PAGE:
A new federal analysis of state-level gross domestic product - the value of all goods and services produced - shows the economies in Ohio and Michigan shrank in 2008 and ranked 45th and 47th, respectively, in terms of growth.
According to the annual study by the U.S. Bureau of Economic Analysis, Michigan and Ohio are the only two states whose economies are actually smaller today than they were in 2004. In the last four years, Michigan's economy has contracted by 3.5 percent, and Ohio's by 0.5 percent. Indiana's economy was third-worst, but grew an anemic 0.1 percent during the four-year period.
"There's a common theme there: It's the industrial Midwest," explained Ken Mayland, an economist with ClearView Economics in suburban Cleveland.
"There's the general weakness of the industrial sector, and the specific weakness of the auto sector in particular. The auto industry has a pretty substantial footprint [in the Great Lakes region]."
The bureau's analysis for 2008 shows that the economic hardships once contained to Michigan have spread to 11 other states whose economies contracted last year. Alaska, Florida, and Delaware contracted at a faster rate than Michigan did in 2008, and economies also shrank in Rhode Island, Ohio, Nevada, Arizona, Georgia, Indiana, Connecticut, and Kentucky.
Collectively, the gross domestic product of the five-state Great Lakes region - Ohio, Michigan, Indiana, Illinois, and Wisconsin - shrank by 0.4 percent in 2008, compared to a growth rate of 0.7 percent in 2007. The industrial heartland of the nation still represented 14 percent of the nation's overall gross domestic product last year. For comparison, California represented 13 percent of the U.S. GDP, the analysis concluded.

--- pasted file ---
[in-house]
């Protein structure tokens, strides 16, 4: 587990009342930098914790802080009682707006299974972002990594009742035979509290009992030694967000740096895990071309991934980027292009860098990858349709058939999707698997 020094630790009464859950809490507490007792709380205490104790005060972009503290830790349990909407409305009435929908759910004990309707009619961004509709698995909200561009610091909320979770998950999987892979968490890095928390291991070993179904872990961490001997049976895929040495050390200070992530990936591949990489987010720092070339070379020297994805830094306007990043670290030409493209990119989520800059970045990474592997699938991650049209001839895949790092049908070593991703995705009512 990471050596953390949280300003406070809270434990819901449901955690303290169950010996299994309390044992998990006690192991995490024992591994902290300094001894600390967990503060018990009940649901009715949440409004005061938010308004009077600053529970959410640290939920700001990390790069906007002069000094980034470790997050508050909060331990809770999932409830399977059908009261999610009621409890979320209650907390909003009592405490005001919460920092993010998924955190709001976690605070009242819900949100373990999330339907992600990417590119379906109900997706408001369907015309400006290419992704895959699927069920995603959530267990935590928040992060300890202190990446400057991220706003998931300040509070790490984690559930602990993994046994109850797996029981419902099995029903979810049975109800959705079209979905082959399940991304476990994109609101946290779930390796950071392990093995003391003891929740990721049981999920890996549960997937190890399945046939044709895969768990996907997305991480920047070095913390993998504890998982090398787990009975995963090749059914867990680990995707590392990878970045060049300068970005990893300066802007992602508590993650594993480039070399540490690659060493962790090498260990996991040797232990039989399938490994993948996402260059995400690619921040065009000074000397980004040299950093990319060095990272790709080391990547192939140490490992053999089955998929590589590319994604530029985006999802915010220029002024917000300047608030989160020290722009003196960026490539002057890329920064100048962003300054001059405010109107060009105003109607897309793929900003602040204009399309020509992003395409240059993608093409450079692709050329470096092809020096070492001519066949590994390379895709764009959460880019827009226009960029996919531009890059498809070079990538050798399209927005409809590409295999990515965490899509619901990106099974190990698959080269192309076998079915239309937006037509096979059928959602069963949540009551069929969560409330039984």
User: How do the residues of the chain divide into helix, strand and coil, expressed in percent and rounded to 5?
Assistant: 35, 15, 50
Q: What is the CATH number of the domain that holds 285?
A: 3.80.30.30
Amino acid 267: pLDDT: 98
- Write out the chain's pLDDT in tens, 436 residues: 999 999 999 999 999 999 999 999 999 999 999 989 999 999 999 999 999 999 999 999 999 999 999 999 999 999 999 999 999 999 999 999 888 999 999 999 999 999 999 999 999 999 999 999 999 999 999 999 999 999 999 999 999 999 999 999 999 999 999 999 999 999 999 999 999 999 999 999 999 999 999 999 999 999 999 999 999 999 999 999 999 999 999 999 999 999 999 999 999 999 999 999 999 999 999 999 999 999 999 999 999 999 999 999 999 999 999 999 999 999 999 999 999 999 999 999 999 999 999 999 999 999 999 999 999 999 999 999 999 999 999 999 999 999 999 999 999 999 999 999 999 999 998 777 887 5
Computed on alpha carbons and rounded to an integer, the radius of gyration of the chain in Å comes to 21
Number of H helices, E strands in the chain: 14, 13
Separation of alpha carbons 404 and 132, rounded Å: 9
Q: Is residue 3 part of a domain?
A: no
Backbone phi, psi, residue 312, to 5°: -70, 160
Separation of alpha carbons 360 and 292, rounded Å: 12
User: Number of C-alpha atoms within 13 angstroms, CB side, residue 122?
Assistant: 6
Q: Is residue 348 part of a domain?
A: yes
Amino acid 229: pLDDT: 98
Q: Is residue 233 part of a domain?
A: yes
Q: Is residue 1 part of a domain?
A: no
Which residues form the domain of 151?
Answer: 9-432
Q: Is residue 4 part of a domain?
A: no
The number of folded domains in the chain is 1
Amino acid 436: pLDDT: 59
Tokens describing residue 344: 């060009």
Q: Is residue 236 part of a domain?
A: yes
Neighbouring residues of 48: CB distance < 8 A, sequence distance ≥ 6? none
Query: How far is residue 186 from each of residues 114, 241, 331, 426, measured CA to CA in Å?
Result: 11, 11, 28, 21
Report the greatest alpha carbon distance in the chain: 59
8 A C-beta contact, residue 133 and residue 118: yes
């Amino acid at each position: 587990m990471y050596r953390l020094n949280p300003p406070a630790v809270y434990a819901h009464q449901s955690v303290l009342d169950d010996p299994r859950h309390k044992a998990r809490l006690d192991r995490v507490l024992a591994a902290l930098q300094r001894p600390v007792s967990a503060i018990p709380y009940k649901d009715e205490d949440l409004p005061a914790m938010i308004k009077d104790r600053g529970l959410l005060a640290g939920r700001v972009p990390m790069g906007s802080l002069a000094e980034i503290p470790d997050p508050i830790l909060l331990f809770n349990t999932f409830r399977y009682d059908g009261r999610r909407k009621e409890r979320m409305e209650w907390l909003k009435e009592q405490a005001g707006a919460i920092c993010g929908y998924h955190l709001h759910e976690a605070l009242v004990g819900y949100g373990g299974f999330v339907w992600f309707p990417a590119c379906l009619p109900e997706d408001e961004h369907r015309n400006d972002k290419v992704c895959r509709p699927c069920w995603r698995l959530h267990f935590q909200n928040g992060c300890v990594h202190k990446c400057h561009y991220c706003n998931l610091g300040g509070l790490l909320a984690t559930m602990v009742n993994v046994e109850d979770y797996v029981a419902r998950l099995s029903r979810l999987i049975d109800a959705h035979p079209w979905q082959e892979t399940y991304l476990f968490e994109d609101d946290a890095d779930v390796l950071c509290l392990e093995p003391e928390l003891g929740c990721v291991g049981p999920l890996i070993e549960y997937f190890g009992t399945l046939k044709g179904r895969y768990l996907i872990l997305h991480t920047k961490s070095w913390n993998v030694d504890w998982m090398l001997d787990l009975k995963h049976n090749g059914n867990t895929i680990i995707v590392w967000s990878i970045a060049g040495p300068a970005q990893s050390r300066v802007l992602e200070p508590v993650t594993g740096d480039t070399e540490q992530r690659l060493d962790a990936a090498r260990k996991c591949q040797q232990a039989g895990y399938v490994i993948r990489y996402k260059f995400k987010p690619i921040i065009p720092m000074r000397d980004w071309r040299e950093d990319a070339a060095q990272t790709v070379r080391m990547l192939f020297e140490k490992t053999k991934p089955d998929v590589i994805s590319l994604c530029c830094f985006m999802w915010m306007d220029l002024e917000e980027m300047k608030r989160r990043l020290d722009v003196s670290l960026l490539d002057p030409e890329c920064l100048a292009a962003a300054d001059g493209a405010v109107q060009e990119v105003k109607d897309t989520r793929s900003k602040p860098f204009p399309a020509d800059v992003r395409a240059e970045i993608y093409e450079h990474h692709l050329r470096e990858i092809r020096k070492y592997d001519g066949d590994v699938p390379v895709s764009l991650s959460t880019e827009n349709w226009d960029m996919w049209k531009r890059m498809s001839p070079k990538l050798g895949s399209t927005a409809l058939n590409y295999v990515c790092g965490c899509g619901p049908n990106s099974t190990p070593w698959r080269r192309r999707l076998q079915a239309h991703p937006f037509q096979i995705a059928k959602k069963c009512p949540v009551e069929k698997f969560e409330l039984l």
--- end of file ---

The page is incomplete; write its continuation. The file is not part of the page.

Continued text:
Within the overall numbers, the bureau's analysis showed manufacturing took the heaviest hit in
Michigan and Ohio during 2008.
In Ohio and Michigan, the professional and technical services sector showed the strongest growth among any portion of those states' economies.
In Ohio, the agriculture, utilities, and information sectors showed some growth, but were offset by contractions in mining, construction, manufacturing, wholesale and retail trade, transportation and warehousing, and finance and insurance.
Mr. Mayland said the worst may not be over for the region's economy.
"[Chrysler LLC and General Motors Corp.] are going to be devastated by their bankruptcies. Skinnying down is not a painless process," Mr. Mayland said.
"There are going to be loads of people and loads of companies adversely affected. The elimination of production lines, the eliminations of dealers, the reduction in featherbedding that's required by the new reality - all of that is going to hurt, and it's going to hurt where they have the greatest presence, and that's Michigan and Ohio."
Contact Larry P. Vellequette at:
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